Bike: 2015 Devinci Troy Carbon SX
MSRP: $5,599.00 (as tested)
Size Tested: Large
Blister’s Measured Weight: 13.03 kg (28.7 lbs) without pedals
Geometry & Complete Build: Here
Drivetrain: SRAM X1
Brakes: SRAM Guide R
Fork: RockShox Pike RC 150mm
Shock: Monarch RT3 Debonair
Wheels: 27.5” Jalco rims, Formula hubs
Reviewer Info: 5’9”, 155 lbs.
Duration of Test: ~15 rides
Test Locations: Whitefish, MT; Fernie, BC
Devinci has just leaked some early information regarding the 2016 Troy, which sees some incremental changes. While it doesn’t look like the 2016 Troy will render the prior models obsolete, preliminary indications are that Devinci made some fairly minor adjustments and well thought out tweaks. It’s still the same basic bike with a Split Pivot rear end, but there are a few things that I thought could be improved on the 2015 model, all of which seem to be addressed in 2016. We’ll get on the new Troy, but before we all get too excited about a bike that won’t be available until well into the winter, let’s focus first on the current Troy and what it brings to the table…
The Devinci Troy sits in the middle of Devinci’s full suspension lineup, between the 165mm-travel 27.5” Spartan, and the 110mm-travel 29er Atlas. The 145mm Dixon rounds out that lineup as one of the few holdout trail bikes still rolling on 26 inch wheels.
Like the other bikes in Devinci’s line, the Troy comes in a few different build options, and also has both carbon and aluminum frame choices, with the carbon frame shaving off around .6 lbs.
I’d ridden the Troy at Interbike when it first came out, and found that it did pretty well in rough terrain, but that it could get overwhelmed by bigger hits. So with more time to play around with it recently, I set out to see if my initial impressions held true.
Fit and Geometry
Like the Spartan, the 2015 Troy doesn’t fully embrace the “long reach, short stem” movement. Since I occasionally wished that my Medium Spartan was a bit longer, I opted to test the Troy in a size Large.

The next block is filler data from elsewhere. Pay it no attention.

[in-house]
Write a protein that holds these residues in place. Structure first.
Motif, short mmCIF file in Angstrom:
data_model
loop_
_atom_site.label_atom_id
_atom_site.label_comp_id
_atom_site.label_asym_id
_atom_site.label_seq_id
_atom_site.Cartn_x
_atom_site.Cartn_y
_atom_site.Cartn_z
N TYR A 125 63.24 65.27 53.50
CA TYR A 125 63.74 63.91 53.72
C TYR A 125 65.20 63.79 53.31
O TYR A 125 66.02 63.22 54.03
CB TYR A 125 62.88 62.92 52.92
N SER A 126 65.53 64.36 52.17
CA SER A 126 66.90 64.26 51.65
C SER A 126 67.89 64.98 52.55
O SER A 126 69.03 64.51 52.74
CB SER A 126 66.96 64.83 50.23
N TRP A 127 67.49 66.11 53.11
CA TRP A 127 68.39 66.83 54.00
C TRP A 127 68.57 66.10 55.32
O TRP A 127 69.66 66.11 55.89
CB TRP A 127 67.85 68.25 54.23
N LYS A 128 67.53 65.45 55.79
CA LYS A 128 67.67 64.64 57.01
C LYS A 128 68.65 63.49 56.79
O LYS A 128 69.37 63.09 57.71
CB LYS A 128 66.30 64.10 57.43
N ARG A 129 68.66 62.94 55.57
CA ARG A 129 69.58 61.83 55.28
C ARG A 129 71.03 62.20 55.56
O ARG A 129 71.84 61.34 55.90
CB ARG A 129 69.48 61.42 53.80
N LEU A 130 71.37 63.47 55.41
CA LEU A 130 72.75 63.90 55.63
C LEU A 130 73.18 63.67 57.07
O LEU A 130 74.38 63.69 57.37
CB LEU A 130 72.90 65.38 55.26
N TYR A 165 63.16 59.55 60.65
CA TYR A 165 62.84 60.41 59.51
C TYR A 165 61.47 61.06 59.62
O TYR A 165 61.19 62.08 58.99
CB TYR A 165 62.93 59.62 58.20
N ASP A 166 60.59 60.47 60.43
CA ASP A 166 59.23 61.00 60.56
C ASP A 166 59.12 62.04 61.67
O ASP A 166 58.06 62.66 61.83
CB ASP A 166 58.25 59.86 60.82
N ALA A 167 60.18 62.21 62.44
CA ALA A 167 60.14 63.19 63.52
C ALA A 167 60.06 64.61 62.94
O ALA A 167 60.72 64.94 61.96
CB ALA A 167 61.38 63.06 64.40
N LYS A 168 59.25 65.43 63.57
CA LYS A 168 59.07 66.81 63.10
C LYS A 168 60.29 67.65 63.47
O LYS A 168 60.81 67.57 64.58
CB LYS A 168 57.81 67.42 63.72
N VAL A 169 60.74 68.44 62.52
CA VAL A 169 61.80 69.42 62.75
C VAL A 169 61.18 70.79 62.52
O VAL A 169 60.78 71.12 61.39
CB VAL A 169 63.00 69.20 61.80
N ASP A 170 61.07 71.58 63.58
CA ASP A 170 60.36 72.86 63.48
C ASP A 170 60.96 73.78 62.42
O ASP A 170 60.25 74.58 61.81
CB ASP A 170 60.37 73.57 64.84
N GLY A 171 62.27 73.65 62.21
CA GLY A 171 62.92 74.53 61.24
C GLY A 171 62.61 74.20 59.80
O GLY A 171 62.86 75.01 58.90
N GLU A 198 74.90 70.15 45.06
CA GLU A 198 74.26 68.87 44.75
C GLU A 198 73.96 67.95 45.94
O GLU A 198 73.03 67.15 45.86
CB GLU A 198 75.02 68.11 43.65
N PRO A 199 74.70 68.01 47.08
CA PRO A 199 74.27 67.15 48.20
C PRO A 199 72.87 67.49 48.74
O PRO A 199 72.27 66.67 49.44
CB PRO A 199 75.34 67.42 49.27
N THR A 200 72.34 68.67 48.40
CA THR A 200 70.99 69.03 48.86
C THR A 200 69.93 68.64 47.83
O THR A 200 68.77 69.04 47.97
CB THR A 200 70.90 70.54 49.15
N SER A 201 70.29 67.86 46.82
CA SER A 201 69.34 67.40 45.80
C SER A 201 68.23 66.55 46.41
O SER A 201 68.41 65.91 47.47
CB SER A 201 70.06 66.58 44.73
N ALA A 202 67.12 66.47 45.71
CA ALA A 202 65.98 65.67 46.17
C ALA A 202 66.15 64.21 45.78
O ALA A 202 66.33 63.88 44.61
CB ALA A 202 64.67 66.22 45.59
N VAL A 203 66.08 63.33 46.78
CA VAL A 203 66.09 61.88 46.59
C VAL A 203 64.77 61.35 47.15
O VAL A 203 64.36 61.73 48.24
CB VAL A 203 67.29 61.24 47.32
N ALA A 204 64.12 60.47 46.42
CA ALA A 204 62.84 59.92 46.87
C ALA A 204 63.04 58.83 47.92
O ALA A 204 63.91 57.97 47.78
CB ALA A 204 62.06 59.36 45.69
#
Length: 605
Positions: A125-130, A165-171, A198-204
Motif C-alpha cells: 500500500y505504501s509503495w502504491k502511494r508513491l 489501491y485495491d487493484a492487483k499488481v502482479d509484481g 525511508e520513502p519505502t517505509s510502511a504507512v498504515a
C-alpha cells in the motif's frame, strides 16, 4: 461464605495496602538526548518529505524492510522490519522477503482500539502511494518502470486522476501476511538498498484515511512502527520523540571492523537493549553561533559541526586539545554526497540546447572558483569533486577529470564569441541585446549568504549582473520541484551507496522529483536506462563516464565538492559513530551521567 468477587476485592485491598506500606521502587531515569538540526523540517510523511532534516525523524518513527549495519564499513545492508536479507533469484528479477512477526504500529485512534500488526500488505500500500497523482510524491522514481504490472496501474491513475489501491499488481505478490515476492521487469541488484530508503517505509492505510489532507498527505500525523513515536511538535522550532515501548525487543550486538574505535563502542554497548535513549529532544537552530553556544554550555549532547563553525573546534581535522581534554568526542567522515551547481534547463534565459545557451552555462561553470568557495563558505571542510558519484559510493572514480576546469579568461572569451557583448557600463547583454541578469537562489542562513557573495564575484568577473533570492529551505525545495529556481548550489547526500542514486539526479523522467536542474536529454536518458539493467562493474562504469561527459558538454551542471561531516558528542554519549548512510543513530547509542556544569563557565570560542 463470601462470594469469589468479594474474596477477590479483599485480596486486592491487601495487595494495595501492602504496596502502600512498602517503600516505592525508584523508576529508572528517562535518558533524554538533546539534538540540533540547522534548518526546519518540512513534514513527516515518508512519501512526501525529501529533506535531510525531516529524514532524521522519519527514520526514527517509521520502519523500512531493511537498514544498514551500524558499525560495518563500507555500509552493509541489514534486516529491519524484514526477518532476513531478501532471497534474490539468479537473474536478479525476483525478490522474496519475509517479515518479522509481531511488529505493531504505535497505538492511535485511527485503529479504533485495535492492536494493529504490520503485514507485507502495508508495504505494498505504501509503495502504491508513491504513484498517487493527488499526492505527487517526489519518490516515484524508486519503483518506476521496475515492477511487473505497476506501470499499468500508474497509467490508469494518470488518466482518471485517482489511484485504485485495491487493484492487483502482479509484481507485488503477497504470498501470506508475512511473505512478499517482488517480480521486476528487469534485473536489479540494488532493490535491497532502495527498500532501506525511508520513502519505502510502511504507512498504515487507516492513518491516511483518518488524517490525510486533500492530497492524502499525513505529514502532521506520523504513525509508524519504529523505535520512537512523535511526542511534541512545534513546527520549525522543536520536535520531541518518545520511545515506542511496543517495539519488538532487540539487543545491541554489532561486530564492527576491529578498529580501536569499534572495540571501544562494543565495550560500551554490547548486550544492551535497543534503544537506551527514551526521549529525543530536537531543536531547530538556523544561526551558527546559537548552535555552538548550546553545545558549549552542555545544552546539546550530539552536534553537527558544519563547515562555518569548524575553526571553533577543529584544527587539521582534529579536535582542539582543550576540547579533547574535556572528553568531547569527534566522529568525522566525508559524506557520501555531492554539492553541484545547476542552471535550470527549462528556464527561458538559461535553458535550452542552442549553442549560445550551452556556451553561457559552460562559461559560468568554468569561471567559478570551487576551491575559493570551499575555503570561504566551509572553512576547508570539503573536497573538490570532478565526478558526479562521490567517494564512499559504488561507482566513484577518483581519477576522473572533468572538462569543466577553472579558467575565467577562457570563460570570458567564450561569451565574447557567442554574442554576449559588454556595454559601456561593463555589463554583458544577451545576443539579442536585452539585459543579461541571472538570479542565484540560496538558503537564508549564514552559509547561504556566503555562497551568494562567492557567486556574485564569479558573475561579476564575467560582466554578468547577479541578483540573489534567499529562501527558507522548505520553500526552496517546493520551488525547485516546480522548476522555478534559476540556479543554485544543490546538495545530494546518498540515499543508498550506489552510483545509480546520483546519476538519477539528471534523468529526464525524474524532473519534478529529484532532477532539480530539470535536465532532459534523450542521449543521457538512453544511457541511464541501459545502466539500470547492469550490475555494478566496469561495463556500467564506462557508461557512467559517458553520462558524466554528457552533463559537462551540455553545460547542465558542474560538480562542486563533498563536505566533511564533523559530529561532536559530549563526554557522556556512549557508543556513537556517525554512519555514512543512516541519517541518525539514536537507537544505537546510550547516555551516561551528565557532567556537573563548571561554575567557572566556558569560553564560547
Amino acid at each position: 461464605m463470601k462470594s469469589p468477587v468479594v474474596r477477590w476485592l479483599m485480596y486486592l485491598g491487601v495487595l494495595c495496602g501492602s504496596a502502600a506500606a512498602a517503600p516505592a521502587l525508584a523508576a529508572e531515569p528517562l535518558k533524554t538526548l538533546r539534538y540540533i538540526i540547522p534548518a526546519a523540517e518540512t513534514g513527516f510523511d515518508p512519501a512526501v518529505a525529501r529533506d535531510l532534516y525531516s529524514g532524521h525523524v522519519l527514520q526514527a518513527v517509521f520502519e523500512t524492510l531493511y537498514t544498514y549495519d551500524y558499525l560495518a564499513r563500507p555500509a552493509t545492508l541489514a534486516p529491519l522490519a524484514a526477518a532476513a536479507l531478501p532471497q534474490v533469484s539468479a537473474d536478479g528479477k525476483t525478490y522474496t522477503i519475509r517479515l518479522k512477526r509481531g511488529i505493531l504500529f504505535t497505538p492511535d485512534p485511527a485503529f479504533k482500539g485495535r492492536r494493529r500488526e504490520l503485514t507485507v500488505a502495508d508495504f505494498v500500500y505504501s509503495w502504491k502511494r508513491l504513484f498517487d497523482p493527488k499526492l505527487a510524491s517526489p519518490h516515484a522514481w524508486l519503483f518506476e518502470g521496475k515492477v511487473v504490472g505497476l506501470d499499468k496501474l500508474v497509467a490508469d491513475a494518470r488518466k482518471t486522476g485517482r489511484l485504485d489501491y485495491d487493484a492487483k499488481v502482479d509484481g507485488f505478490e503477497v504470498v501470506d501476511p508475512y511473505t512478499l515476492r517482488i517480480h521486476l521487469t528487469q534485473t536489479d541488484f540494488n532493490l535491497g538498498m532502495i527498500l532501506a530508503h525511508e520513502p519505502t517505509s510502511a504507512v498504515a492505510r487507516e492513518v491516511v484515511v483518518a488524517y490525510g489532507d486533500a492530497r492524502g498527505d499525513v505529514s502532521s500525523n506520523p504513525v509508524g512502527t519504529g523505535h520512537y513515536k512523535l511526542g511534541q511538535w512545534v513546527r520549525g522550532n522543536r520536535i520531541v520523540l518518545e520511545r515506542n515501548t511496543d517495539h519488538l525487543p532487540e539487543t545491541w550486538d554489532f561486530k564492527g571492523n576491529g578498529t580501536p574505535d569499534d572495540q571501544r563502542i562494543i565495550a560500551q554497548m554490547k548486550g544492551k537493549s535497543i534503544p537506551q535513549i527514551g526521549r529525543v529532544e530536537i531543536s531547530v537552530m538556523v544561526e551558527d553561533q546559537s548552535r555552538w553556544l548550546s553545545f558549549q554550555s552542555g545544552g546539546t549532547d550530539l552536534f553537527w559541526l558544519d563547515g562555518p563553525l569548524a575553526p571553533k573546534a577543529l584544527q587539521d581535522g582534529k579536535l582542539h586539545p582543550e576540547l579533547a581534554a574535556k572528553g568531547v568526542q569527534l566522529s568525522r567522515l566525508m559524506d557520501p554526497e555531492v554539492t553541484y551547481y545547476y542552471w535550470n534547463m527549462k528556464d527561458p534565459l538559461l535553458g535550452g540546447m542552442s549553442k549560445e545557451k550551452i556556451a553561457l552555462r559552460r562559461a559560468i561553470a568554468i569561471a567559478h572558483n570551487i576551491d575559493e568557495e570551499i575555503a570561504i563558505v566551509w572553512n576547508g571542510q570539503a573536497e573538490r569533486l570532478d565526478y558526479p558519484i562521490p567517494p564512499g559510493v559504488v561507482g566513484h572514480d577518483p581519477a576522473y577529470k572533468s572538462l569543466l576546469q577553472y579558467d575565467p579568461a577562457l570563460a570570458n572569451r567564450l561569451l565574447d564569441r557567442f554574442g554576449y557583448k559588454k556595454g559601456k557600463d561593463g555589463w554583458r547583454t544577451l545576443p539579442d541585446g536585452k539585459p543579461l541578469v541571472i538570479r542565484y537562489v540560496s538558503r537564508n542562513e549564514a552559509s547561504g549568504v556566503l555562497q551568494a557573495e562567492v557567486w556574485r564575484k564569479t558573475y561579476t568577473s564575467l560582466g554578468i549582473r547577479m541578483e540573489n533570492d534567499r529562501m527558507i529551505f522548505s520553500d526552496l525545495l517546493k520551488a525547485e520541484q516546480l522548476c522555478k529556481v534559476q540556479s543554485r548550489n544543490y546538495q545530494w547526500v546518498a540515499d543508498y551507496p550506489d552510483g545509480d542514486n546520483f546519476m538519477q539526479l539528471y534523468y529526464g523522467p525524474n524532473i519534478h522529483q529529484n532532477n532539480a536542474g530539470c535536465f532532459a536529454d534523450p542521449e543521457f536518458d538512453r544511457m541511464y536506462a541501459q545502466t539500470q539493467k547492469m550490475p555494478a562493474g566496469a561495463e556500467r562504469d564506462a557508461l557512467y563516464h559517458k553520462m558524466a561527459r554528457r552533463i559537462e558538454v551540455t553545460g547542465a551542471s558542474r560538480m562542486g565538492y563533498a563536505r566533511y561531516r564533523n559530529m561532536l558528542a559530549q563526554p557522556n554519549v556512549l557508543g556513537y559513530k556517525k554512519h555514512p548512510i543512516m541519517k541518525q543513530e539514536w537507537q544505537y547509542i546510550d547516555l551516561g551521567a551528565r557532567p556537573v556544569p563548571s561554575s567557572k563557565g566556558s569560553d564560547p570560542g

Early rumors indicate that the Troy will see some revisions for 2016. It doesn’t look to be a completely different bike, but some tweaks to the linkage and geometry may offer an incremental improvement.
Like several of Devinci’s other bikes, the geometry on the Troy can be adjusted by flipping a chip. On the Troy, those chips are located on the rearward rocker pivot, and they’ll raise or lower the bottom bracket by about 7mm.
That same adjustment also results in a .5° head angle change and relatively minor changes to assorted other measurements like reach and top tube length. I spent the vast majority of my time on the Troy in the low and slack setting, and it’s the ride in that setting I’ll be discussing throughout this review.
Even in a size Large, the Troy’s reach only comes in at 435mm, which on many bikes these days is more in line with a Medium. Similarly, the Large top tube length comes in at 599mm, which again is shorter than some other companies’ Mediums.
Dropping down to a Medium Troy shaves 20mm off of the top tube length and about 18mm off of the reach.